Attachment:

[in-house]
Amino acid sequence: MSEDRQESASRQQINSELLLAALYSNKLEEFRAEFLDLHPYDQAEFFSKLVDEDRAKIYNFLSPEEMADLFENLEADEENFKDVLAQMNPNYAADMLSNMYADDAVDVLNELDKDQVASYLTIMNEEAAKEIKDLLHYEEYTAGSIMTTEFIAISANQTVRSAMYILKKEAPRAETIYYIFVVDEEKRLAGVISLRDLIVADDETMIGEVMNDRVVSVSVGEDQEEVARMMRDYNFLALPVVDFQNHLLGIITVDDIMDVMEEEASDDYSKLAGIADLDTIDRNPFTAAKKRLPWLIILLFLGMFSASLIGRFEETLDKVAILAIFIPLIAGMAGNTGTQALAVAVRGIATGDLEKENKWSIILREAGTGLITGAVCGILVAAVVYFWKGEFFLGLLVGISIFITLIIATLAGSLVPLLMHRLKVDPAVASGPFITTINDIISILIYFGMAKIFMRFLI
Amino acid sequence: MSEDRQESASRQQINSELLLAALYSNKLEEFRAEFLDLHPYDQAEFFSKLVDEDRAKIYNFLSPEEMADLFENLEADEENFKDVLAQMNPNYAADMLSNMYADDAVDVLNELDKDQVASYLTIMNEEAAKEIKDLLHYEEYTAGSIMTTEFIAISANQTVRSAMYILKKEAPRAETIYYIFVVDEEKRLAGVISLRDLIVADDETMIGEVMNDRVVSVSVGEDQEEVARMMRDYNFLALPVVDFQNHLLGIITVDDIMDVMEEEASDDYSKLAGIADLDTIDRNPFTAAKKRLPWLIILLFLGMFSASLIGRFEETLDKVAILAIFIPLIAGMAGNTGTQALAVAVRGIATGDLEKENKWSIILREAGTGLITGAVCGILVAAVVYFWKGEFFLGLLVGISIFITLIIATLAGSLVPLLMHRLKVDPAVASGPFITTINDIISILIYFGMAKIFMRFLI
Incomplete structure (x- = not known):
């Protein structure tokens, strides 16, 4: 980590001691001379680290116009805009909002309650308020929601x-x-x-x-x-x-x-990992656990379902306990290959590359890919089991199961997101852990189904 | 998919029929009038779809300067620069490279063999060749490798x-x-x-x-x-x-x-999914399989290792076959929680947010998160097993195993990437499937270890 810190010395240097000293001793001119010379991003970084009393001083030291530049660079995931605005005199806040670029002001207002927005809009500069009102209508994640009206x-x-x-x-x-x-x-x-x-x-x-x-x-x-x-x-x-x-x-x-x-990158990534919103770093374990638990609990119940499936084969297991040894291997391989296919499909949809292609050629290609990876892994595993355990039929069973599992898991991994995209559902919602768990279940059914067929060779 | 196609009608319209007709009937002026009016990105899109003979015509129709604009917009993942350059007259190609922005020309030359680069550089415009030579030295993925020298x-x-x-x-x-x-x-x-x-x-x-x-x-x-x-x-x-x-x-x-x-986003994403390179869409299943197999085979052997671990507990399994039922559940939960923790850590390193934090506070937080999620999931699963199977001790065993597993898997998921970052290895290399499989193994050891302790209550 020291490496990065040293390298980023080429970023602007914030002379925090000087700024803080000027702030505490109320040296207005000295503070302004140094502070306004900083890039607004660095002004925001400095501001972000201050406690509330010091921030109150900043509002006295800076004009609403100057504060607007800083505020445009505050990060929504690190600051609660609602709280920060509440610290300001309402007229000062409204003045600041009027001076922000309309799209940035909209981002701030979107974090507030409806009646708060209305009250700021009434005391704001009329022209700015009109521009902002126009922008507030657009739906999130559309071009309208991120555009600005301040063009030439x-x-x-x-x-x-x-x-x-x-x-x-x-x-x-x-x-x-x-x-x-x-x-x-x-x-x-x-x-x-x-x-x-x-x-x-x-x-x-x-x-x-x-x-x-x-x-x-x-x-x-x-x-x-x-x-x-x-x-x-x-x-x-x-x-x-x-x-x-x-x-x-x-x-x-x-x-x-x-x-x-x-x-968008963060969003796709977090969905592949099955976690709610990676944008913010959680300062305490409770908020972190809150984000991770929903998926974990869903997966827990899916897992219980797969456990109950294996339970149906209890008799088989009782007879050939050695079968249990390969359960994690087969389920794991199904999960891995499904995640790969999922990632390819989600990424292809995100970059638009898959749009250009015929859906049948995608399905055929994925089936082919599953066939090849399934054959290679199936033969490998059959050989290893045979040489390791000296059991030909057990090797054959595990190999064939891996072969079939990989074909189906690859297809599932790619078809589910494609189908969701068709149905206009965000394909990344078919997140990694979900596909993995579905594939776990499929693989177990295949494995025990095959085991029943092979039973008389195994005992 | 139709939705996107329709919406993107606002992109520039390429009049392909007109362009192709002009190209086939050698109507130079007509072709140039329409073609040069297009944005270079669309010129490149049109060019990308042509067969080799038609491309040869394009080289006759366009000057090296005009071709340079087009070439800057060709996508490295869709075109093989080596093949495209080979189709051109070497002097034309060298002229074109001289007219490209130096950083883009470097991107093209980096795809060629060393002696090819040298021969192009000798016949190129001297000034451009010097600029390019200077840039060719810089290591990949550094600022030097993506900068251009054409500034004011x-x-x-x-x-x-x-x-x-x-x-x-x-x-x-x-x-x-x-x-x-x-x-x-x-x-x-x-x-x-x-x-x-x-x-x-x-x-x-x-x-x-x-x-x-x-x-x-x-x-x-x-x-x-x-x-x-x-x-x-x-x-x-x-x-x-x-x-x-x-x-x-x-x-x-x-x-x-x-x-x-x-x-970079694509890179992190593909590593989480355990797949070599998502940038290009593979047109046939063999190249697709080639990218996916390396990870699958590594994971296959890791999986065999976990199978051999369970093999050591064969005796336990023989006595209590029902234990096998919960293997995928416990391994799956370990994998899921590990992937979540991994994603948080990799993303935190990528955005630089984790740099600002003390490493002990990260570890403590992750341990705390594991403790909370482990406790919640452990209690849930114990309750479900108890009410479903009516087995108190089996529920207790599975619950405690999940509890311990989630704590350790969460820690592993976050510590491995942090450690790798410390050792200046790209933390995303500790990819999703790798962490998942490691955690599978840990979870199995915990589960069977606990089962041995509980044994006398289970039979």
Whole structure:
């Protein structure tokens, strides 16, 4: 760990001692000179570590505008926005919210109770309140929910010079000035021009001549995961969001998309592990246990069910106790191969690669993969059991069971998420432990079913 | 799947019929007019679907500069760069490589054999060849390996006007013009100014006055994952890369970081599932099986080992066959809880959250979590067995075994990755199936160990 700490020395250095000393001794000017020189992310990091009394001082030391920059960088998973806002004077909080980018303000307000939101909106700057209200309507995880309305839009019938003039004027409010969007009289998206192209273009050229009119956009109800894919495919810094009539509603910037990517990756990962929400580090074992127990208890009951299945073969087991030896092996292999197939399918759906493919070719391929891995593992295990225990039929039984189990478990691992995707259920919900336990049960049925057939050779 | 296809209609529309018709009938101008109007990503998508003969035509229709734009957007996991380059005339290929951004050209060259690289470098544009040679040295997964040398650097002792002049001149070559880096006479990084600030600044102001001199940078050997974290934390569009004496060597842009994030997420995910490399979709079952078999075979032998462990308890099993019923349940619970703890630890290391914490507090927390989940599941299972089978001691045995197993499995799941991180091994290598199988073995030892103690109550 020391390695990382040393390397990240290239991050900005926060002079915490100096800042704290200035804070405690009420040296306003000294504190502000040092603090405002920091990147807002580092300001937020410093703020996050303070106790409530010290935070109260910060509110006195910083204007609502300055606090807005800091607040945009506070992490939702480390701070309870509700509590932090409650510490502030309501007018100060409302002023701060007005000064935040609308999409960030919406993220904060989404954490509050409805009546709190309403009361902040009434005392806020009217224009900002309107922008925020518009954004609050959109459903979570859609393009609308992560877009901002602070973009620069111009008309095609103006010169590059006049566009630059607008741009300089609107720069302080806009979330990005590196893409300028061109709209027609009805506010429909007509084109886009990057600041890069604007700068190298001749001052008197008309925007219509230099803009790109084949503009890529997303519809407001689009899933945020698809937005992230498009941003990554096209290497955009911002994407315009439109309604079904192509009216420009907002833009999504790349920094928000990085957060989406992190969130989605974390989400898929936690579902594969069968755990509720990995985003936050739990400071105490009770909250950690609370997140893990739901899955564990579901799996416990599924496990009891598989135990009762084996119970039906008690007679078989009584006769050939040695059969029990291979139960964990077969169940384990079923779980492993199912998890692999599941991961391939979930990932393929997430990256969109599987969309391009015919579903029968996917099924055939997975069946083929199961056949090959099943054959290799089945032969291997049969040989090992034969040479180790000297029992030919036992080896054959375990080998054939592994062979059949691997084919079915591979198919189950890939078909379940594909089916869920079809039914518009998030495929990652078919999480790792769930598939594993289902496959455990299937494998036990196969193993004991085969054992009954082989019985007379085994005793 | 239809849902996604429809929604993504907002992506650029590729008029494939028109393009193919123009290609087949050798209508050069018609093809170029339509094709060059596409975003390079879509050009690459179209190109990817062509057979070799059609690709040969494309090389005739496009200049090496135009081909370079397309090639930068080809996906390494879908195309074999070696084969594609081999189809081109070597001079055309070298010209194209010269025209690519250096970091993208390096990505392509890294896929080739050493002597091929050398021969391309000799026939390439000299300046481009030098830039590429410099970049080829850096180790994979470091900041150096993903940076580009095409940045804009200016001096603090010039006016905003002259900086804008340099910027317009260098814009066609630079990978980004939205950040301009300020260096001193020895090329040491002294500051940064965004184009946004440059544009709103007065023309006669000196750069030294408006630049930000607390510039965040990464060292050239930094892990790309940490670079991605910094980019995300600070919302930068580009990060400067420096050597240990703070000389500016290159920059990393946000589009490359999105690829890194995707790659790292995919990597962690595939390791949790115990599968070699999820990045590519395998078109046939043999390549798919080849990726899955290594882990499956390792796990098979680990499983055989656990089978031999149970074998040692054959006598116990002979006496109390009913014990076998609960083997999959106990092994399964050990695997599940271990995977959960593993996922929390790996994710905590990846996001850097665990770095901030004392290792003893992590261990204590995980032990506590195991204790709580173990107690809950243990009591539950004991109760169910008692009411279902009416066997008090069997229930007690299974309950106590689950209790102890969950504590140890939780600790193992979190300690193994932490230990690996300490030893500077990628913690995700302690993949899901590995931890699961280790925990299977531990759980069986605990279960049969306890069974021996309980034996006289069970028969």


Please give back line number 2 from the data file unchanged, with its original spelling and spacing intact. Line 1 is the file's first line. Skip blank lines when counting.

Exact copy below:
Amino acid sequence: MSEDRQESASRQQINSELLLAALYSNKLEEFRAEFLDLHPYDQAEFFSKLVDEDRAKIYNFLSPEEMADLFENLEADEENFKDVLAQMNPNYAADMLSNMYADDAVDVLNELDKDQVASYLTIMNEEAAKEIKDLLHYEEYTAGSIMTTEFIAISANQTVRSAMYILKKEAPRAETIYYIFVVDEEKRLAGVISLRDLIVADDETMIGEVMNDRVVSVSVGEDQEEVARMMRDYNFLALPVVDFQNHLLGIITVDDIMDVMEEEASDDYSKLAGIADLDTIDRNPFTAAKKRLPWLIILLFLGMFSASLIGRFEETLDKVAILAIFIPLIAGMAGNTGTQALAVAVRGIATGDLEKENKWSIILREAGTGLITGAVCGILVAAVVYFWKGEFFLGLLVGISIFITLIIATLAGSLVPLLMHRLKVDPAVASGPFITTINDIISILIYFGMAKIFMRFLI